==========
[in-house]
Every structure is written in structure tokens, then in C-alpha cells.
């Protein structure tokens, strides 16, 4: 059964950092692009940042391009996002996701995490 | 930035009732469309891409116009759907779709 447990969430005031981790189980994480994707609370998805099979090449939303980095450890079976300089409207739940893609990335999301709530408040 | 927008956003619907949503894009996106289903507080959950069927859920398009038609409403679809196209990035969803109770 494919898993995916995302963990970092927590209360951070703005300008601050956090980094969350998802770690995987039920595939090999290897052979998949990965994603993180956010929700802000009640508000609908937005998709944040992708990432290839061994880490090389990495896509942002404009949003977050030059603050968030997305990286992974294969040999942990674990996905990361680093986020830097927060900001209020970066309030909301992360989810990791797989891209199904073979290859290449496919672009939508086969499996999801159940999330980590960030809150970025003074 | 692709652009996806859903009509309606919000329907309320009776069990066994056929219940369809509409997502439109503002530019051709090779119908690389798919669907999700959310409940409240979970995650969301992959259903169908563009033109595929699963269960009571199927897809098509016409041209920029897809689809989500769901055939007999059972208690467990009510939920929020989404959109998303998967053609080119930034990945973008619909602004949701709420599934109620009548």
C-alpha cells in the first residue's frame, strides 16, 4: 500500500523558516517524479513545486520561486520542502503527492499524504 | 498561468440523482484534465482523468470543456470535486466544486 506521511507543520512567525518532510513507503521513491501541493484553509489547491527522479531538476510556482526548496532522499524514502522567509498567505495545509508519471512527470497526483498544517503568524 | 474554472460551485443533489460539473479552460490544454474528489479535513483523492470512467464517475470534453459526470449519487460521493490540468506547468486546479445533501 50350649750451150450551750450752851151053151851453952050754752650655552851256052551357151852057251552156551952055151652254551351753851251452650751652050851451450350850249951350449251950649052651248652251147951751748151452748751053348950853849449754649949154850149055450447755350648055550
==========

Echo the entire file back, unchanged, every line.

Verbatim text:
[in-house]
Every structure is written in structure tokens, then in C-alpha cells.
């Protein structure tokens, strides 16, 4: 059964950092692009940042391009996002996701995490 | 930035009732469309891409116009759907779709 447990969430005031981790189980994480994707609370998805099979090449939303980095450890079976300089409207739940893609990335999301709530408040 | 927008956003619907949503894009996106289903507080959950069927859920398009038609409403679809196209990035969803109770 494919898993995916995302963990970092927590209360951070703005300008601050956090980094969350998802770690995987039920595939090999290897052979998949990965994603993180956010929700802000009640508000609908937005998709944040992708990432290839061994880490090389990495896509942002404009949003977050030059603050968030997305990286992974294969040999942990674990996905990361680093986020830097927060900001209020970066309030909301992360989810990791797989891209199904073979290859290449496919672009939508086969499996999801159940999330980590960030809150970025003074 | 692709652009996806859903009509309606919000329907309320009776069990066994056929219940369809509409997502439109503002530019051709090779119908690389798919669907999700959310409940409240979970995650969301992959259903169908563009033109595929699963269960009571199927897809098509016409041209920029897809689809989500769901055939007999059972208690467990009510939920929020989404959109998303998967053609080119930034990945973008619909602004949701709420599934109620009548």
C-alpha cells in the first residue's frame, strides 16, 4: 500500500523558516517524479513545486520561486520542502503527492499524504 | 498561468440523482484534465482523468470543456470535486466544486 506521511507543520512567525518532510513507503521513491501541493484553509489547491527522479531538476510556482526548496532522499524514502522567509498567505495545509508519471512527470497526483498544517503568524 | 474554472460551485443533489460539473479552460490544454474528489479535513483523492470512467464517475470534453459526470449519487460521493490540468506547468486546479445533501 50350649750451150450551750450752851151053151851453952050754752650655552851256052551357151852057251552156551952055151652254551351753851251452650751652050851451450350850249951350449251950649052651248652251147951751748151452748751053348950853849449754649949154850149055450447755350648055550